PE25200 devices can also use front-end DC-DC converters as part of the 12Vin point-of-load design, and can be applied to FPGA, DDR memory, and ASICs that power datacenter, networking, and optical equipment. PE25200 devices are WLCSP packaged, enable, power good, frequency synchronization, cycle Skipping, have over current protection, over-temperature protection, UVLO, parallel operation, etc.
Typical applications of PE25200 include two-cell and three-cell lithium platforms, ultrabook and notebook, full-size tablets, and products designed with ultra-thin form factor designs, as well as 12VIN point of load designs in networking and telecommunications. Murata also launched the PE25200 Evaluation Kit (EVK) to allow customers to test DC-DC converters.
Another Murata power semiconductor, the FlexiCP™ PE25204, is an ultra-high efficiency front-end DC-DC converter solution that divides the input voltage into three or four voltages and provides up to 72 watts of power at a peak efficiency of 97% for the capacitor divider IC of the 48V divide-by-4 charge pump capacitor with an integrated FET.
PE25204 devices can be connected in parallel to increase output power. The input voltage ranges from 18V to 60V and is supported in divide-by-4 operation, and ranges from 18V to 45V in divide-by-3 operation. PE25204 provides products suitable for data centers, network routers, base stations and optical equipment, and is a high-power, high-efficiency solution for 48V to 12V step-down conversion applications.
PE25204 is WLCSP packaged and can use capacitors in a very thin 1 mm high solution. It supports enable, power good, frequency synchronization, over current protection, over-temperature protection, UVLO, parallel operation, and can be used in ultrabooks/notebook, data centers/servers, networking equipment, base stations, optical equipment, industrial applications, and other products. Murata also provides the PE25204 Evaluation Kit (EK25204-01), which allows customers to easily test the DC-DC converter.
Solutions to significantly reduce size/height and improve conversion efficiency
Murata’s power semiconductor FlexiBK™ PE241xx series is based on an ultra-high efficiency, 2-stage point-of-load regulator combining Murata-proprietary adiabatic or lossless charge pump technology. The technology is well suited to be applied from 2 or 3 cell battery or 12Vin point-of-load, providing step-down voltage conversion and significantly reducing the size/height of the solution while improving conversion efficiency. The IC is based on an integrated charge pump control architecture and integrated FET to configure a two-stage architecture consisting of a charge pump and a buck regulator. FlexiBK™ PE241xx series are available for evaluation kits.
The FlexiBK™ PE241xx series includes PE24101/PE24102, which supports an output channel with a maximum output current of 6A, an input voltage of 5.5V to 14.4V, and an output voltage of 0.6V to 2.0V with a switching frequency of 500 to 2000 kHz, 90% efficient, supports I2C interfaces, and is packaged with WLCSP. PE24101/PE24102 is equipped with ultra-thin and efficient 6A DC-DC MYTNA1R86RELA2RA and MYTNC1R86RELA2RA UltaBK converter modules. It adopts SMD package and supports PGOOD signal, over current protection, over-temperature protection, remote ON/OFF, output sensing, and other functions.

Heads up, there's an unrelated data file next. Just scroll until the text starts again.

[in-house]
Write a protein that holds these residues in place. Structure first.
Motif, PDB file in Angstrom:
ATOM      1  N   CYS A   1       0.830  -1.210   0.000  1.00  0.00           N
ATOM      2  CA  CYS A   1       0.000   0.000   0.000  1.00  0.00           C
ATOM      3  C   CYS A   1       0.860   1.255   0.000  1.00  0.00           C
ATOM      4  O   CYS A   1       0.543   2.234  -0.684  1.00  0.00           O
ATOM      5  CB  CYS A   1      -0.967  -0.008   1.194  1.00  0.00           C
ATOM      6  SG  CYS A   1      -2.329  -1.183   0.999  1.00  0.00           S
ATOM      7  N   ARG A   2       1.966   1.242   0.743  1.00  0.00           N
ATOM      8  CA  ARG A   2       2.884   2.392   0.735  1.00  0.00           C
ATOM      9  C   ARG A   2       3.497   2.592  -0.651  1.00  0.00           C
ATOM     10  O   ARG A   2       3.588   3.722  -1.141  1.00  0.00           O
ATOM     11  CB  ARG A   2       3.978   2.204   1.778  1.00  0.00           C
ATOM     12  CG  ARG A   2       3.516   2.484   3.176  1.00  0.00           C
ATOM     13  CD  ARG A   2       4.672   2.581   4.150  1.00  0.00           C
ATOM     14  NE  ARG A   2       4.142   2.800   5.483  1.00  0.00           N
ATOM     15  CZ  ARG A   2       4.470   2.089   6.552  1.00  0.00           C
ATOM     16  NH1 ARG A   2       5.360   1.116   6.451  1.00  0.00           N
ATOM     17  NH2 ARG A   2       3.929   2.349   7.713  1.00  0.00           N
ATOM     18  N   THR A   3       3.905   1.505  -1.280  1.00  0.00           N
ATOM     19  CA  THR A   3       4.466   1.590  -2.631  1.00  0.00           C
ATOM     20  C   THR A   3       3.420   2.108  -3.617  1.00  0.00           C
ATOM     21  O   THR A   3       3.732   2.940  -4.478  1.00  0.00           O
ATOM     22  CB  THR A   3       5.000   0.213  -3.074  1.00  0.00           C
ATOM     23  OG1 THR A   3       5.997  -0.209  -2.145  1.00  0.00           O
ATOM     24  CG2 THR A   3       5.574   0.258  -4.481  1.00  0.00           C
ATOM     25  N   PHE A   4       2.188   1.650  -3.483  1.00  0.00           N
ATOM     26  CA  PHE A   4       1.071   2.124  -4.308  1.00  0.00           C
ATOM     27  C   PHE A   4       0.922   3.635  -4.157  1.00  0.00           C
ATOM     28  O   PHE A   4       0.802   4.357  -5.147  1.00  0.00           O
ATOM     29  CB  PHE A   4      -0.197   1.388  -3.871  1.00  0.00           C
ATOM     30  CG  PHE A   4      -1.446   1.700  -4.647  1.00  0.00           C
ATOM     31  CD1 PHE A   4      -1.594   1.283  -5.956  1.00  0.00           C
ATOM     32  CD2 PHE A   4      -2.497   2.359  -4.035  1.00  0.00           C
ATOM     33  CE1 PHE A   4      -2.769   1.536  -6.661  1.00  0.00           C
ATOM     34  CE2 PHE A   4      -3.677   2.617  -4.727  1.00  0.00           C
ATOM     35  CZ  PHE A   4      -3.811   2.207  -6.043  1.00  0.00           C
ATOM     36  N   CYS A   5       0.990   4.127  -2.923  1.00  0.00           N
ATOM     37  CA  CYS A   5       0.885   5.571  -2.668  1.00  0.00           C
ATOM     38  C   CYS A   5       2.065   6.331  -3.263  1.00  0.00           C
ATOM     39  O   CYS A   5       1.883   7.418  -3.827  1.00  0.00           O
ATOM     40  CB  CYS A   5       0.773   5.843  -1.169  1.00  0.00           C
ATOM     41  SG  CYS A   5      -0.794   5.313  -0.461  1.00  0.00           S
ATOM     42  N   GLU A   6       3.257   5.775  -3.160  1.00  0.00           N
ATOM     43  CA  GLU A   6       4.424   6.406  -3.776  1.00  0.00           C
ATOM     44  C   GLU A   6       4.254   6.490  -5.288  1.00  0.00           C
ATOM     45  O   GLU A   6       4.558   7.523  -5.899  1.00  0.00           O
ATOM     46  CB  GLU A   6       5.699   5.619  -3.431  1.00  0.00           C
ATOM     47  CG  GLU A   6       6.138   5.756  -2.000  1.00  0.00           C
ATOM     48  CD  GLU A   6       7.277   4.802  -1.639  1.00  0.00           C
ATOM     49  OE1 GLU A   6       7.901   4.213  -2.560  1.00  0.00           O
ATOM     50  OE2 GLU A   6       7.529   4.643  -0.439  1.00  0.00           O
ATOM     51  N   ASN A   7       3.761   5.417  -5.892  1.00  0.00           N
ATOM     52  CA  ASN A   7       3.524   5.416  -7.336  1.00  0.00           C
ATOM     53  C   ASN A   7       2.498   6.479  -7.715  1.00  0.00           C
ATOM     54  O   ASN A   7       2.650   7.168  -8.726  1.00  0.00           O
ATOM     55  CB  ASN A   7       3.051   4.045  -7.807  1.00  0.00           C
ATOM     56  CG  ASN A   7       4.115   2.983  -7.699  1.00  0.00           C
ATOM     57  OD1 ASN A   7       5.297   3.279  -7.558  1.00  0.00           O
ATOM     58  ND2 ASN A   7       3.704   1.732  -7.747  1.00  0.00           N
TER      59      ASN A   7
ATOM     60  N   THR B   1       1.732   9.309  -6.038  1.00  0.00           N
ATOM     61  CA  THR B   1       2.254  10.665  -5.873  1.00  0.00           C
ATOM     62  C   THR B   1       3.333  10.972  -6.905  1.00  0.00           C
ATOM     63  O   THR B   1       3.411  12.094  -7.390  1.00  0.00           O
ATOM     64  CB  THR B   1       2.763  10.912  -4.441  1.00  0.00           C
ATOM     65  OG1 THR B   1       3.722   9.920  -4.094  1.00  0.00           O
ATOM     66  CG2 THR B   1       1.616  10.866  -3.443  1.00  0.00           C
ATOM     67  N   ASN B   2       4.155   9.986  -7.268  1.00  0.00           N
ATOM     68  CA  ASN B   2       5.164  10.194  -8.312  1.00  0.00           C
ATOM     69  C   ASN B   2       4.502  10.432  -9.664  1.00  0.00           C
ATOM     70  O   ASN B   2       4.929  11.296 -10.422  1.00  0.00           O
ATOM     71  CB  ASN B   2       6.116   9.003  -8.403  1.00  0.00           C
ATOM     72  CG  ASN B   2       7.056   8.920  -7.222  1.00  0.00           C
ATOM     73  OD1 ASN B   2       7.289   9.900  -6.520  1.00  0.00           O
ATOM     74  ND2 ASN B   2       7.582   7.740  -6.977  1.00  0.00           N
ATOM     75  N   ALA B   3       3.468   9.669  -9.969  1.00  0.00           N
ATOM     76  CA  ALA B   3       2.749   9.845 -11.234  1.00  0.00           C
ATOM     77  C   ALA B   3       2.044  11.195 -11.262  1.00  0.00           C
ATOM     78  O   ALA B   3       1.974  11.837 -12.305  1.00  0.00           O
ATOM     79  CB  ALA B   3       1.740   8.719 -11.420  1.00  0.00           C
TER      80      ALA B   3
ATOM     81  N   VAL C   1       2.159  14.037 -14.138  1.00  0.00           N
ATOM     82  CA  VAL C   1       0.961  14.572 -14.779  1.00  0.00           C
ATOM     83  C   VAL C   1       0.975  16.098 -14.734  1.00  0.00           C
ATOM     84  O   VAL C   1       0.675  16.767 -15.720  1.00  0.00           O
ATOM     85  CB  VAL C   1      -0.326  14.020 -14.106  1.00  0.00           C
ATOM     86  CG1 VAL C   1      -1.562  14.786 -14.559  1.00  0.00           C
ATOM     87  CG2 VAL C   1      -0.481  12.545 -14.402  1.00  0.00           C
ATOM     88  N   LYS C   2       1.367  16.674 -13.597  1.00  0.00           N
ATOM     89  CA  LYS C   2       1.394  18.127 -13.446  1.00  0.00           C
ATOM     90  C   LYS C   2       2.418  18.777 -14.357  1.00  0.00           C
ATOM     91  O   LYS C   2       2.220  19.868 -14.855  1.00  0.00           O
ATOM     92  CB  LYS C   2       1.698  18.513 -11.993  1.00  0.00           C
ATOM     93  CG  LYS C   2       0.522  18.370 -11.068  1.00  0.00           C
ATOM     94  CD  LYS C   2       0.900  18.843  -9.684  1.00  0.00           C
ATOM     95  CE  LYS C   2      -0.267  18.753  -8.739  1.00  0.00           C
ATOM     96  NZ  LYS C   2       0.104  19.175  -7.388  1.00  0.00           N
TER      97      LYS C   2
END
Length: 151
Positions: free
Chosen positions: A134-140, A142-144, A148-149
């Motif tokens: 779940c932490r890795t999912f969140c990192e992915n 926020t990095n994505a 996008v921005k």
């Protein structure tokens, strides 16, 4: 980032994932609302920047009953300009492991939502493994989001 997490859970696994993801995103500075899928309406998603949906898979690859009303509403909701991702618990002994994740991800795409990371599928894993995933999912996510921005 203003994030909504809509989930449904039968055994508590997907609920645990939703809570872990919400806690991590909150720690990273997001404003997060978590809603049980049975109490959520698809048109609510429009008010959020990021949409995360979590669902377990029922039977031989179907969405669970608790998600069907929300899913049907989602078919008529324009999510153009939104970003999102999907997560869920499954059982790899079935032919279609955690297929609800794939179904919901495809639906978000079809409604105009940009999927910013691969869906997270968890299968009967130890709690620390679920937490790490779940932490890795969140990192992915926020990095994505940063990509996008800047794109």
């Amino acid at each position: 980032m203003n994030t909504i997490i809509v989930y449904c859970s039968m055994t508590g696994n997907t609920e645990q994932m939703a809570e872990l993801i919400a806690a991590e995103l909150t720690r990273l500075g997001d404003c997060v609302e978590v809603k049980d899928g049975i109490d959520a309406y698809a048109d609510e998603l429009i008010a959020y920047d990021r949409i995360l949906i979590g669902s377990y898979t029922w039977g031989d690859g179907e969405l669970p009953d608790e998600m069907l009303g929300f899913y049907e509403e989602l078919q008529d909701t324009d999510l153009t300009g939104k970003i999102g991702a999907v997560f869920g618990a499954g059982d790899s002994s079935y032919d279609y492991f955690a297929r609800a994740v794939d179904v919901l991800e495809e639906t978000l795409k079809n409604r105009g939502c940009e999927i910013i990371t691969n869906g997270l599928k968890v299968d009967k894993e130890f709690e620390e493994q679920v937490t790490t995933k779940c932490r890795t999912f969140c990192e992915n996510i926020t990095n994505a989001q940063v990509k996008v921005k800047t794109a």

Murata’s another product, the FlexiBK™ PE24108, is a very small, low-profile, and ultra-high efficiency step-down DC-DC converter solution, an ultra-high efficiency, 3.3Vin, 9A, and 2-stage buck regulator IC that enables extremely low height and compact footprint through the use of innovative two-stage designs that combine capacitor divider charge pumps and dual phase buck regulators to provide an output current of 9A per stage over a wide input voltage range of 3V to 3.6V, with up to 4 phases in parallel to support 36A and 3.3V bus power supplies.
PE24108 output voltage is selected by external feedback resistors and can be adjusted by external AVS DAC to adjust between 0.37 and 0.7V for ultra-high efficiency and low-ripple performance for space-critical and noise-sensitive applications such as DSP/ASIC in optical modules or FPGA in networking equipment. PE24108 can be connected in parallel for applications with higher currents, typically optical modules, core supplies, ASIC, and FPGA.
Murata’s unique two-stage architecture for step down conversion is a highly flexible multi-stage architecture, including a combination of proprietary “pipeline” stage switched capacitor network (charge pump) and buck stage. Regardless of the conversion rate, it is almost lossless. Efficiency is largely independent of the difference between input and output voltages. It can greatly reduce the inductor size. Use low voltage FETs built on standard CMOS processes are used in the whole power supply system. Staggered charge pump operation can reduce ripple/EMI emissions and provide better transient performance. It will be one of the best options for power applications.
Courtesy: ARROW Electronics